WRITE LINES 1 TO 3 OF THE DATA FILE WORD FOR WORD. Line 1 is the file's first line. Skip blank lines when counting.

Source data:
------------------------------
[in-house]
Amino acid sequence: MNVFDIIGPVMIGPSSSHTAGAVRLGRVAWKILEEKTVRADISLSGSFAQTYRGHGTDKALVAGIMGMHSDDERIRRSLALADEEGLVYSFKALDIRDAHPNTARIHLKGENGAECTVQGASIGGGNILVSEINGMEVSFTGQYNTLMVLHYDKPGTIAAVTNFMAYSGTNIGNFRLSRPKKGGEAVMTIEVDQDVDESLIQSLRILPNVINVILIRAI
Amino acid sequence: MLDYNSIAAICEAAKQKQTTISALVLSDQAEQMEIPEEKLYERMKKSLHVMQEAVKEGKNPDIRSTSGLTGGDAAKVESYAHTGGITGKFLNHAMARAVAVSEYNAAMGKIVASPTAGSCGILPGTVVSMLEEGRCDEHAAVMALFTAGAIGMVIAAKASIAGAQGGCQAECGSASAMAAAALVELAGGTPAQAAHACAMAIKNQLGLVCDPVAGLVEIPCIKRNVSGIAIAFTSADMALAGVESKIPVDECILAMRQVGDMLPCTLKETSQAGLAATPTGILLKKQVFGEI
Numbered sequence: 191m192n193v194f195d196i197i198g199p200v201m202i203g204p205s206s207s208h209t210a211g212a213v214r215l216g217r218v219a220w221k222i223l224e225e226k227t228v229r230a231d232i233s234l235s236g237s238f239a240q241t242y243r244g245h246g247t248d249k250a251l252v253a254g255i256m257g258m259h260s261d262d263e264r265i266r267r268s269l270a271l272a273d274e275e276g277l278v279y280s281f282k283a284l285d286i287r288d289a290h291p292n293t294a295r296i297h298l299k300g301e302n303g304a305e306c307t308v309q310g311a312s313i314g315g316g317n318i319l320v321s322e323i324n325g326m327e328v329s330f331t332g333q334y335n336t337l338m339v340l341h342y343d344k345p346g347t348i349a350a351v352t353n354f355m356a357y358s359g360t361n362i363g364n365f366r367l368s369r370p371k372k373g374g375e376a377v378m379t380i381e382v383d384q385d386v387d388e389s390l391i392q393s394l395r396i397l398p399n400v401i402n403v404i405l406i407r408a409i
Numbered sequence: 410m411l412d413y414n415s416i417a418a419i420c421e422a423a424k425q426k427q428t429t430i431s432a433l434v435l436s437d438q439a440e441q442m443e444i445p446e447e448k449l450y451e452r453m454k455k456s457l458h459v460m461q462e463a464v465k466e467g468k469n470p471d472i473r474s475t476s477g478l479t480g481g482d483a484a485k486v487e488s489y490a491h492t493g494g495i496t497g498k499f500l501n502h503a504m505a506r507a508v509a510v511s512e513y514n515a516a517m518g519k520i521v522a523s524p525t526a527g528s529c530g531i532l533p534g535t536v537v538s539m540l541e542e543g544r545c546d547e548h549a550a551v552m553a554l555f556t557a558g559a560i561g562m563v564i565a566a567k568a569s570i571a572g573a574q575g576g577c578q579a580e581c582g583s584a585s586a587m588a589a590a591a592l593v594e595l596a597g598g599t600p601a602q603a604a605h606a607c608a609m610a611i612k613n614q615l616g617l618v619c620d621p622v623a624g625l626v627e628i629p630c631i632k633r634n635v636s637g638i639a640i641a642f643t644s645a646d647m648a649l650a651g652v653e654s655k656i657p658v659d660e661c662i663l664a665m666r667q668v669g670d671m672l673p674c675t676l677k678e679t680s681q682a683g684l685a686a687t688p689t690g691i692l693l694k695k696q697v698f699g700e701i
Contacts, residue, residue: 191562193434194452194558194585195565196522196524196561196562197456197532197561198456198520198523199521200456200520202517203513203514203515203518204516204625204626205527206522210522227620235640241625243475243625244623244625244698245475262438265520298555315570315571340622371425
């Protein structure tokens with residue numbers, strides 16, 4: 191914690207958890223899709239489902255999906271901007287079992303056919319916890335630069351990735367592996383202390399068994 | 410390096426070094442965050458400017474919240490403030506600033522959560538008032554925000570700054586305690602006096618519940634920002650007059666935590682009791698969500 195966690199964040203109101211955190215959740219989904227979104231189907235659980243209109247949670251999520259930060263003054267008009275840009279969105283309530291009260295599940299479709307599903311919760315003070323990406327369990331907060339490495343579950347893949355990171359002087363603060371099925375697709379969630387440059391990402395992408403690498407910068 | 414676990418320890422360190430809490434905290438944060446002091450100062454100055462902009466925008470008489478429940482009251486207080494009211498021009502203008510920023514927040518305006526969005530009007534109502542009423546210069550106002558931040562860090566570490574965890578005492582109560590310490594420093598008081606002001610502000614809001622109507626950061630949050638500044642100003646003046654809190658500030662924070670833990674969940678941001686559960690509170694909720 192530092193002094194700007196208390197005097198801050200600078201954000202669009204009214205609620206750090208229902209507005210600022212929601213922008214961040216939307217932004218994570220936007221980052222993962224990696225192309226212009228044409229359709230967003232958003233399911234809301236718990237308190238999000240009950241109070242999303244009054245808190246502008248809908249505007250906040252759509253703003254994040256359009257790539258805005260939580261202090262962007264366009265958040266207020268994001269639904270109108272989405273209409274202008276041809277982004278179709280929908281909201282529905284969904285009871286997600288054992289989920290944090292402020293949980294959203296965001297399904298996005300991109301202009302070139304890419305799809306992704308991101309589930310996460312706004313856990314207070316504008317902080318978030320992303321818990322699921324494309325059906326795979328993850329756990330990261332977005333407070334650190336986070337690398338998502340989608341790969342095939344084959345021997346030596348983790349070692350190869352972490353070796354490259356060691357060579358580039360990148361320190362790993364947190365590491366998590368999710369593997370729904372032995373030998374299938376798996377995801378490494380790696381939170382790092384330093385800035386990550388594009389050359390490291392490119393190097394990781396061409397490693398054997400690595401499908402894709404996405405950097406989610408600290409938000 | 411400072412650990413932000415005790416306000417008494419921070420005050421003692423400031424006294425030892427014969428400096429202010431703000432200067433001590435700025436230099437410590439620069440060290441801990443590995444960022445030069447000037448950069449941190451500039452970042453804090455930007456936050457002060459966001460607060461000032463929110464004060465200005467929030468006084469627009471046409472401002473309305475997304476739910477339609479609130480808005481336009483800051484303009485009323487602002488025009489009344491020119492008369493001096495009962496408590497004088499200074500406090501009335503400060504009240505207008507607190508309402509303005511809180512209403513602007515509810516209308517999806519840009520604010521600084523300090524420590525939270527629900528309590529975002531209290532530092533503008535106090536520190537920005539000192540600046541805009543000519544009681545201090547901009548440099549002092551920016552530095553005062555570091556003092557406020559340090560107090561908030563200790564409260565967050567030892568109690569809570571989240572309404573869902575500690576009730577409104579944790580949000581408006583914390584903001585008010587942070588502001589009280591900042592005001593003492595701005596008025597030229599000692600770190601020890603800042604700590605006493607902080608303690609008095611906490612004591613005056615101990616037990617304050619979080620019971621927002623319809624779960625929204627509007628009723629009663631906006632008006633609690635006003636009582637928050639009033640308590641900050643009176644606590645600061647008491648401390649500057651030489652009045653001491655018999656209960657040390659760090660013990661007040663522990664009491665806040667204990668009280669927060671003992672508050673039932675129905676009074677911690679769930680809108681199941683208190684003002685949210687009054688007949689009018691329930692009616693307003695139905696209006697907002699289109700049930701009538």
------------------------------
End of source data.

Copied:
[in-house]
Amino acid sequence: MNVFDIIGPVMIGPSSSHTAGAVRLGRVAWKILEEKTVRADISLSGSFAQTYRGHGTDKALVAGIMGMHSDDERIRRSLALADEEGLVYSFKALDIRDAHPNTARIHLKGENGAECTVQGASIGGGNILVSEINGMEVSFTGQYNTLMVLHYDKPGTIAAVTNFMAYSGTNIGNFRLSRPKKGGEAVMTIEVDQDVDESLIQSLRILPNVINVILIRAI
Amino acid sequence: MLDYNSIAAICEAAKQKQTTISALVLSDQAEQMEIPEEKLYERMKKSLHVMQEAVKEGKNPDIRSTSGLTGGDAAKVESYAHTGGITGKFLNHAMARAVAVSEYNAAMGKIVASPTAGSCGILPGTVVSMLEEGRCDEHAAVMALFTAGAIGMVIAAKASIAGAQGGCQAECGSASAMAAAALVELAGGTPAQAAHACAMAIKNQLGLVCDPVAGLVEIPCIKRNVSGIAIAFTSADMALAGVESKIPVDECILAMRQVGDMLPCTLKETSQAGLAATPTGILLKKQVFGEI